Saturday, July 11, 2015

Why the Condemnation of John Green Bothers Me

This was the article that blew Huffington Post's readability for me. I’m not necessarily a well-informed person when it comes to which newspapers are legitimate which are satire and which are in-between, but I guess because I’d heard of it, I thought it was a reputable paper. After reading this, however, I started to question who the authors were and realized the mediocrity they often hire.

In the case of “John Green, YA and Rape Culture” by Camryn Garrett, we can cut them some slack because it was written by a clearly labeled “teen writer.” And I’m not going to go into the reasons I found the article so ineffective and improperly edited because it’s actually independent of what bothers me about the subject.

John Green is the young adult author of The Fault in Our Stars, a love story—recently made into a movie—about a young couple who are diagnosed with terminal illnesses. I haven’t read it, and I have no interested in reading it. But he has recently shot to fame and with that, of course, came a lot of negativity.

In one case, a random teenager wrote online:

“I bet John Green thinks people don't like him because he's a dork or a nerd or whatever, when in reality it's because he's a creep who panders to teenage girls so that he can amass some weird cult-like following. And it's always girls who feel misunderstood, you know, and he goes out of his way to make them feel important and desirable. Which is fucking weird. Also he has a social media presence that is equivalent to that dad of a kid in your friend group who always volunteers to 'supervise' the pool parties and scoots his lawn chair close to all the girls.”

She is entitled to her opinion, and the truth is that in many cases being “creeped out” is not founded in evidence or logic, but a feeling. I’ve never been made uncomfortable by a man in a way that I could clearly articulate why, or prove he had inappropriate thoughts about me. Not until after he acted in some manner that made it obvious, in which case, the damage was already done. (Though I need to point out that this has rarely happened, and in situations of low magnitude, like being asked out by an older, married man, for instance. Not exactly the stuff of trauma, but still something I sensed long before I knew.)

So, while those opinions are valid, and honestly it’s the internet and she has the right to say it, her feelings bother me on a whole other level. This idea is something ingrained in our society that I really wish wouldn’t be true: Men’s only use for women is sex.

The teen’s opinion is founded on the idea that he only “panders to teenage girls” because he wants them sexually. He goes after girls who “feel misunderstood… and he goes out of his way to make them feel important.” Because he’s a man, it means he can’t empathize with them. He can’t just enjoy writing for women, he has to have a secret agenda.

As a writer myself, the idea that he’s being inappropriate by writing about misunderstood teens and using social media to connect with fans is ridiculous. That’s just what you do as a writer. You write about misunderstood and different people because that’s what people want to read about. You use social media to remind people that you exist and let them know what you’re doing.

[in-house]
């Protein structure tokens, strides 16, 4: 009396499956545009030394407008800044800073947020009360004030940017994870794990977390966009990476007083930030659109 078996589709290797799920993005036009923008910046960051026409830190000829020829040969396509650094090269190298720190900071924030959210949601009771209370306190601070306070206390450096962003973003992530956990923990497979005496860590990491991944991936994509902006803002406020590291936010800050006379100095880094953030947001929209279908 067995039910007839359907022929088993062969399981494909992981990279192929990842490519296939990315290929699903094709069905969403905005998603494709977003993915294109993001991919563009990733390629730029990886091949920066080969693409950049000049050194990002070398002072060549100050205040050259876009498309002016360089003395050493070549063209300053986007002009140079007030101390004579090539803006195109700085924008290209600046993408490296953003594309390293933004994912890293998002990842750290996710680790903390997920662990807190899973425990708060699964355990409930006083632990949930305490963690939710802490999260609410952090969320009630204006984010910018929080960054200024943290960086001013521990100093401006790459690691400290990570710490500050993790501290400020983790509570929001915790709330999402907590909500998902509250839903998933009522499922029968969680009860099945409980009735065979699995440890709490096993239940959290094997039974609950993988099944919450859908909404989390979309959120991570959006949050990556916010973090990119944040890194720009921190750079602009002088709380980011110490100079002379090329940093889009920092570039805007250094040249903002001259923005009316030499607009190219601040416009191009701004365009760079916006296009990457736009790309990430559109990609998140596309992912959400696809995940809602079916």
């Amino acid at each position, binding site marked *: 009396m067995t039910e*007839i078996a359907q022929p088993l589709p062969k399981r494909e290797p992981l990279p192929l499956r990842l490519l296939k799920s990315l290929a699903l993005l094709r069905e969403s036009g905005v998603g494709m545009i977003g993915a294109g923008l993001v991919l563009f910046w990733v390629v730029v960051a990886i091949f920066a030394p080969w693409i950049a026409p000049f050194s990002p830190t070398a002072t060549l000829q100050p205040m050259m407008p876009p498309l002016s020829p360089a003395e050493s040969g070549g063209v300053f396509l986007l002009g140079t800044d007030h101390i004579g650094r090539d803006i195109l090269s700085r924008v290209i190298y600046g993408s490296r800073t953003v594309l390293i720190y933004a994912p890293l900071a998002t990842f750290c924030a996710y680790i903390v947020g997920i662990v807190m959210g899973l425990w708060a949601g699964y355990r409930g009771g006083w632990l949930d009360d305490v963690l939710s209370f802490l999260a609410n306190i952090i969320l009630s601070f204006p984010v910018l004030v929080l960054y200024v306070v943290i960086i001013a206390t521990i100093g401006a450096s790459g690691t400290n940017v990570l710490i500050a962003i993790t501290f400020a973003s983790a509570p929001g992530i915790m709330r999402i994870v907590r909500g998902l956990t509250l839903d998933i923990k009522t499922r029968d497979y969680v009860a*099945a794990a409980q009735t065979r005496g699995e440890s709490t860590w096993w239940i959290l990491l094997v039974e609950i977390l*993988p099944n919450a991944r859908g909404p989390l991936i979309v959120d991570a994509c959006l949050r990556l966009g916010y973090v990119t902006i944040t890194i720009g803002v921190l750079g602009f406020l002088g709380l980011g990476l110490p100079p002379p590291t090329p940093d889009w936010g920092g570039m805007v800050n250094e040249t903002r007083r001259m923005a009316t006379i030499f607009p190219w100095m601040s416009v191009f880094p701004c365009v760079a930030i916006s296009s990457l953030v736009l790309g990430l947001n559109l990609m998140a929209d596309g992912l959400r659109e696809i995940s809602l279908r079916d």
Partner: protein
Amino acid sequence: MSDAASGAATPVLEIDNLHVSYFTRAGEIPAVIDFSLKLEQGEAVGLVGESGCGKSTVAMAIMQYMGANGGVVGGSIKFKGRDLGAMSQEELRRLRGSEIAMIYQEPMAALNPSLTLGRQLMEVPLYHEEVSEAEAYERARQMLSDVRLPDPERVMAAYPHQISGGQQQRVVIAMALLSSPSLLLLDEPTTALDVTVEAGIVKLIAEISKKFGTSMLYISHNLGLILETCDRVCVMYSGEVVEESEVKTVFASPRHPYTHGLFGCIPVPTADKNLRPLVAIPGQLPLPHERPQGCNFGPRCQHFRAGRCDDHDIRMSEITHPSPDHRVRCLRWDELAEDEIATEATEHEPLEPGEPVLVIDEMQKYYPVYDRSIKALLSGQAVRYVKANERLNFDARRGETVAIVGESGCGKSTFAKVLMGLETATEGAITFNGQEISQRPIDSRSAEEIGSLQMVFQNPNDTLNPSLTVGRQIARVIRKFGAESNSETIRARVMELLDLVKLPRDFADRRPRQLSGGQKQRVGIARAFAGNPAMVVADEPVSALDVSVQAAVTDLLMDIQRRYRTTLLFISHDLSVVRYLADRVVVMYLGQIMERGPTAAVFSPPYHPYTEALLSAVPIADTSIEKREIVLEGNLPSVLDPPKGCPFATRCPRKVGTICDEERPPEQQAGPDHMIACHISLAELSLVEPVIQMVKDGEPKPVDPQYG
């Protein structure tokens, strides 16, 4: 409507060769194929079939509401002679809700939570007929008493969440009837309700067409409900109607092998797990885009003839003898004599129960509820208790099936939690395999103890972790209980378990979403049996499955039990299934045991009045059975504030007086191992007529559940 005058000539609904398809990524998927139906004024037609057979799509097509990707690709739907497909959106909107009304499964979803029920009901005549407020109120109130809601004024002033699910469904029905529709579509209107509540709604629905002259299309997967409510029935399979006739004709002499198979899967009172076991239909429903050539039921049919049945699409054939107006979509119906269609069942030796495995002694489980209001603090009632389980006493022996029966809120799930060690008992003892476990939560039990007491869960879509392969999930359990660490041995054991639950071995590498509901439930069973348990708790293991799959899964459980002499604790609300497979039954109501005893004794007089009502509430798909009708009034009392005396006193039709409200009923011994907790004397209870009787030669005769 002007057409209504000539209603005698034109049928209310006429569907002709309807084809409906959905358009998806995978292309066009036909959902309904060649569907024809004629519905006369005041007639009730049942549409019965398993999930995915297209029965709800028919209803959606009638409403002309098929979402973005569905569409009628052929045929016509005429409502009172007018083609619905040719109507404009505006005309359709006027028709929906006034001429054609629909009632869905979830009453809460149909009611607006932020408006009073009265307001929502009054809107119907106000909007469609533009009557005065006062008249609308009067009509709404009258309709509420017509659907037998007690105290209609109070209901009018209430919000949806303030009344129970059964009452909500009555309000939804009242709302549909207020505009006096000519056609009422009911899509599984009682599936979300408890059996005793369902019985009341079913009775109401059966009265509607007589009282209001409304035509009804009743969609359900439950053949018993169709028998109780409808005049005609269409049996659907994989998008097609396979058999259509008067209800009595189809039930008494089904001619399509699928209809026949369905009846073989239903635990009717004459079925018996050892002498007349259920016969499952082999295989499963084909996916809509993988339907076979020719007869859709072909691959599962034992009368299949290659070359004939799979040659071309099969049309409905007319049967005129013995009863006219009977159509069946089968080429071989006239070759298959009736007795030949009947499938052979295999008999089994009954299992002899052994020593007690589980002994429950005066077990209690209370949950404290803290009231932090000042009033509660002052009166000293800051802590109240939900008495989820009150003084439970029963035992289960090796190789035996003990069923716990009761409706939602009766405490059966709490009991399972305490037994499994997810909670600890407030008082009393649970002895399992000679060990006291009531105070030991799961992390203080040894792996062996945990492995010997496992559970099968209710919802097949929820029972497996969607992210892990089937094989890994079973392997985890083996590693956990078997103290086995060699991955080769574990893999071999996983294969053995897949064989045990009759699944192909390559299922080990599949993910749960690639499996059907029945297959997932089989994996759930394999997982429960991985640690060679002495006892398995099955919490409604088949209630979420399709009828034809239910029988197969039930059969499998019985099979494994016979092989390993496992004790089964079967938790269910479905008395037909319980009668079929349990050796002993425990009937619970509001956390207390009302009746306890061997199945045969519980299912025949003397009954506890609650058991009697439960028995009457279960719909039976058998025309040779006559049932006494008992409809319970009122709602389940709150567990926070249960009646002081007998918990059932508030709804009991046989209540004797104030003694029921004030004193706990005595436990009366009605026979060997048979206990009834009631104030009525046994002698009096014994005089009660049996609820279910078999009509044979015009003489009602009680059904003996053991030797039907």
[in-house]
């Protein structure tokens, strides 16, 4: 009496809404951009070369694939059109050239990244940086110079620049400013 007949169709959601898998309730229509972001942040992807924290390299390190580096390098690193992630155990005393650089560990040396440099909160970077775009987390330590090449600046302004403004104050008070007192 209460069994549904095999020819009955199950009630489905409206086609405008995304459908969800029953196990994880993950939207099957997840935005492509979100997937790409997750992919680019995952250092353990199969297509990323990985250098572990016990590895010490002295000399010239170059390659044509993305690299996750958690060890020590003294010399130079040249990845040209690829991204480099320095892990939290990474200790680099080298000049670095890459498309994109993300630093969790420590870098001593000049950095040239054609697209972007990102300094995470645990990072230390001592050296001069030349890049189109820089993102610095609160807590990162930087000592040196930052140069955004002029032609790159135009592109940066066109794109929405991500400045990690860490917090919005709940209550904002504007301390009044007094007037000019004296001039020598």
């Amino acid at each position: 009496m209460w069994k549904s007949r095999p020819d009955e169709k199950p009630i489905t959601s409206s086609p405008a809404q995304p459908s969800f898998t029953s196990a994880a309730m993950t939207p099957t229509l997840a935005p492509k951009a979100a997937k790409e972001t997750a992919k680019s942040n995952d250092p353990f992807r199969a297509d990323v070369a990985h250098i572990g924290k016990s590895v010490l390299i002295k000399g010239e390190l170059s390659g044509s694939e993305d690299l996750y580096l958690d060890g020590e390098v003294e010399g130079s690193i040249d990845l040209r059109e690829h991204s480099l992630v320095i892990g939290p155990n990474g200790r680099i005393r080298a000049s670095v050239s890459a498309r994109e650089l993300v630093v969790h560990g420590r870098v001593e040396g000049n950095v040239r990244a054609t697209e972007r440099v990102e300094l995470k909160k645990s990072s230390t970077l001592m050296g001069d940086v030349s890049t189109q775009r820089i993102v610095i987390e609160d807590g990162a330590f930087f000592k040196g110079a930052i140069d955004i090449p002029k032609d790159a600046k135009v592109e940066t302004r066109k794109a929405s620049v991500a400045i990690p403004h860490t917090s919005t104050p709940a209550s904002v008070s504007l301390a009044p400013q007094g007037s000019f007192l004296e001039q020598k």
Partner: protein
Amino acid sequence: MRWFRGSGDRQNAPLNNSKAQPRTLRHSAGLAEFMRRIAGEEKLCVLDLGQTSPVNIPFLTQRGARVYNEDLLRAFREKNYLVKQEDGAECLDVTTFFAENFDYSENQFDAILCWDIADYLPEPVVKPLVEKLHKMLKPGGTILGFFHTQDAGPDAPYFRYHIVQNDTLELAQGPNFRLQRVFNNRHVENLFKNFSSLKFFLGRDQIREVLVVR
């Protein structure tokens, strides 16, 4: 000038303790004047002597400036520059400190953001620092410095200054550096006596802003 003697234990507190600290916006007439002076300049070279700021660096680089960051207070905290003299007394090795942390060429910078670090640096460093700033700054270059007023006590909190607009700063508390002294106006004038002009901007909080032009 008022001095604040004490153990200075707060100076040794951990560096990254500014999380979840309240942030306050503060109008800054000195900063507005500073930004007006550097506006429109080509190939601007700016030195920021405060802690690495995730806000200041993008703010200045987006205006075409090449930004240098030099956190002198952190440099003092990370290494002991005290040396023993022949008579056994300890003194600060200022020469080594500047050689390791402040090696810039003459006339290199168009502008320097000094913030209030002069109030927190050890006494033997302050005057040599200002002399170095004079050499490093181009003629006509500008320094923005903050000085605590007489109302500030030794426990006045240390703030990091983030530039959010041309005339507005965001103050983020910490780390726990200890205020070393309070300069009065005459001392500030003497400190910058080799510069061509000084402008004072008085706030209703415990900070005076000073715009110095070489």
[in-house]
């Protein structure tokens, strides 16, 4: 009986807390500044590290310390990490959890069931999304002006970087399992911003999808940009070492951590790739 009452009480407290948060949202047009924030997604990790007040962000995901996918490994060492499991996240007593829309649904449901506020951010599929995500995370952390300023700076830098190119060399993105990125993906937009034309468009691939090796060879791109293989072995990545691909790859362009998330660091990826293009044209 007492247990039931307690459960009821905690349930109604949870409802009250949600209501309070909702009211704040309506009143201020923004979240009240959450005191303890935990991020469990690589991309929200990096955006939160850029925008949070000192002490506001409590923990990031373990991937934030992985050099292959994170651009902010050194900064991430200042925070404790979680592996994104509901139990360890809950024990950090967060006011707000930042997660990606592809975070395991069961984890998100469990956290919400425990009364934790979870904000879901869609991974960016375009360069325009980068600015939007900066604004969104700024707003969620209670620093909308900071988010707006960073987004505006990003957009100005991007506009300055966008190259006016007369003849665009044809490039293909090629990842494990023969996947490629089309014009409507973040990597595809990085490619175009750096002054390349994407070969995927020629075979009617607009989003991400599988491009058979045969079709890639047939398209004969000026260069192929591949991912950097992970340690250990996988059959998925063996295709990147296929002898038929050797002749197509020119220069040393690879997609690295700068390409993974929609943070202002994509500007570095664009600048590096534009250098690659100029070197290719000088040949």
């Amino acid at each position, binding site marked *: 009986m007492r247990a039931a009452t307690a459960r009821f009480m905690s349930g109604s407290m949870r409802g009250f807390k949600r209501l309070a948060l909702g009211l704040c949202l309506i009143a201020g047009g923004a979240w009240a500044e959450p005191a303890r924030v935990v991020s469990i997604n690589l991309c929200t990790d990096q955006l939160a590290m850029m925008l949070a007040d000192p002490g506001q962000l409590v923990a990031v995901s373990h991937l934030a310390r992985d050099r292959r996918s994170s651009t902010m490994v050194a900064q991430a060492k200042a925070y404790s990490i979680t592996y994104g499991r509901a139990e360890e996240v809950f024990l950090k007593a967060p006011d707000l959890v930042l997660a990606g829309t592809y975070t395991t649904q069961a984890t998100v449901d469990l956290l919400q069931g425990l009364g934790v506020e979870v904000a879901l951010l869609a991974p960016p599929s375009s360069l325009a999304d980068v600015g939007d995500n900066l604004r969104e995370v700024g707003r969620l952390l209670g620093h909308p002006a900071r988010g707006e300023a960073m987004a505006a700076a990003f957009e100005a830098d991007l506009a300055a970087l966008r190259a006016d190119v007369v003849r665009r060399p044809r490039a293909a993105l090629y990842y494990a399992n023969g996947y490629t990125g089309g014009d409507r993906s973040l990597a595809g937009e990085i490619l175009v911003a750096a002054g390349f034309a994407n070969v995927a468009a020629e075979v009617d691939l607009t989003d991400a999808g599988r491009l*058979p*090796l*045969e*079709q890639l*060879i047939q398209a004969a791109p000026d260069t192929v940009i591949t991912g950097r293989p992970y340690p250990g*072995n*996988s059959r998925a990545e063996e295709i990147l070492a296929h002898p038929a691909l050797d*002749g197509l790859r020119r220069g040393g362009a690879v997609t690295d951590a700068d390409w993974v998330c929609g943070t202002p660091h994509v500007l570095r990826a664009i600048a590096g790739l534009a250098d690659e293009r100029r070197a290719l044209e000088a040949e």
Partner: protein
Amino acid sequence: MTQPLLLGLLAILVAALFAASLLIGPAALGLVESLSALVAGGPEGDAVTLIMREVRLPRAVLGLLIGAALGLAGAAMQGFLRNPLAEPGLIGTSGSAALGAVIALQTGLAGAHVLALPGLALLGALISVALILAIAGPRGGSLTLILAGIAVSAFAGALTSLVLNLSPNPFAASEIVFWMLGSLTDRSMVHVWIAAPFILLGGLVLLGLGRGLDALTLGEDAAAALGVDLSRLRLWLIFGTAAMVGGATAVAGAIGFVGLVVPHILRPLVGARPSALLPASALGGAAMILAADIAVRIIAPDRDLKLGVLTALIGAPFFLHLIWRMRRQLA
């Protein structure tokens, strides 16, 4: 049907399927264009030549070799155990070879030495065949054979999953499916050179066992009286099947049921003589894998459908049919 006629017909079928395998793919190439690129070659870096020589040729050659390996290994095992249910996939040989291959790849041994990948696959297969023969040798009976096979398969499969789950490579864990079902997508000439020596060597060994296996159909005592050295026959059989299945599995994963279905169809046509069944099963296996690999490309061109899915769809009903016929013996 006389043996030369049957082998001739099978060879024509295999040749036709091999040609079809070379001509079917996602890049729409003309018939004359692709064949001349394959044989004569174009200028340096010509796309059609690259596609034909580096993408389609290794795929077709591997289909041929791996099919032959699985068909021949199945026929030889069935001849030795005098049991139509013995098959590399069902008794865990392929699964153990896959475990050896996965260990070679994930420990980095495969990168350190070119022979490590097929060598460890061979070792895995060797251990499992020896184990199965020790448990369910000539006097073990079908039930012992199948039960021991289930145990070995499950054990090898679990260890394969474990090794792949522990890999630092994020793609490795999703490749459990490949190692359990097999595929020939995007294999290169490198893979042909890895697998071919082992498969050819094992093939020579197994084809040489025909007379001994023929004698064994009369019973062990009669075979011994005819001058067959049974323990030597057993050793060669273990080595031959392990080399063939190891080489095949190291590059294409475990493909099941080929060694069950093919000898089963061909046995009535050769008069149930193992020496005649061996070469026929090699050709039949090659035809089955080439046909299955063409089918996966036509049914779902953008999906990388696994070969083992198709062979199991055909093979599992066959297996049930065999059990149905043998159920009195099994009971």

And yes, men can be extraordinarily creepy on it, but it’s not like he’s a forty-year-old married man writing about a twenty-year-old girl he finds beautiful and was scared to talk to. (True story.) I looked at his social media page to make sure I wasn’t missing important facts about the content, but I cannot see a place, and would require a quote, that involves inappropriate commentary, not just the fact that most of his followers are in his readers’ age group.

The idea that a man can’t relate to or want to write for women unless he’s sexually depraved promotes separation of the sexes. It says, “No men allowed unless you want me to accuse you of being a creepy pervert. Do not try to talk to me, identify with me, or entertain me, because I know you’re only doing it to get into my pants.”

Men don’t like to hang out with women socially already. I know you’re sitting there calling bullshit—and I personally know many heterosexual exceptions. But when I talk to men, most of them admit to me they rather have male friends. I’ve even had people actually say, “I only listen to women talking because I want to sleep with them. Or, I’m already sleeping with them, and I know I’m obligated to. Oh… not you though.”

It’s a common statement for guys to say, “I can’t write for a women because I’m not one!” Oh, but that international spy who endures years of torture and gets his leg cut off is pretty much you on a daily basis.

I’m not trying to suggest that all men are perverts who secretly have no interest in females other than their genitalia. I do have more respect for them than that, and it’s kind of my point: we’re not allowing those who do to participate with their chosen friends/fan bases. Our society needs to stop promoting that attitude—that it’s weird for men to hang out with women—so that men who do empathize and have the capacity to relate to women can do so without judgment. We need to stop saying it’s weird for men to understand women. It’s weird for men to have “female” interests. Because as long as that’s true, we will always see female interests as being a lesser, more frivolous niche, female characters being only made for female readers, and that men and women can’t be friends.

Sure, John Green might have choose to write young adult books featuring female protagonists for the mere purpose of getting hordes of young girls to throw their panties at him. But considering the likeliness of that happening—prior to his fame, he had no idea how much fame he would have, or how fans would react to him—I imagine he would have done better to pick another field, like doctor or rock star.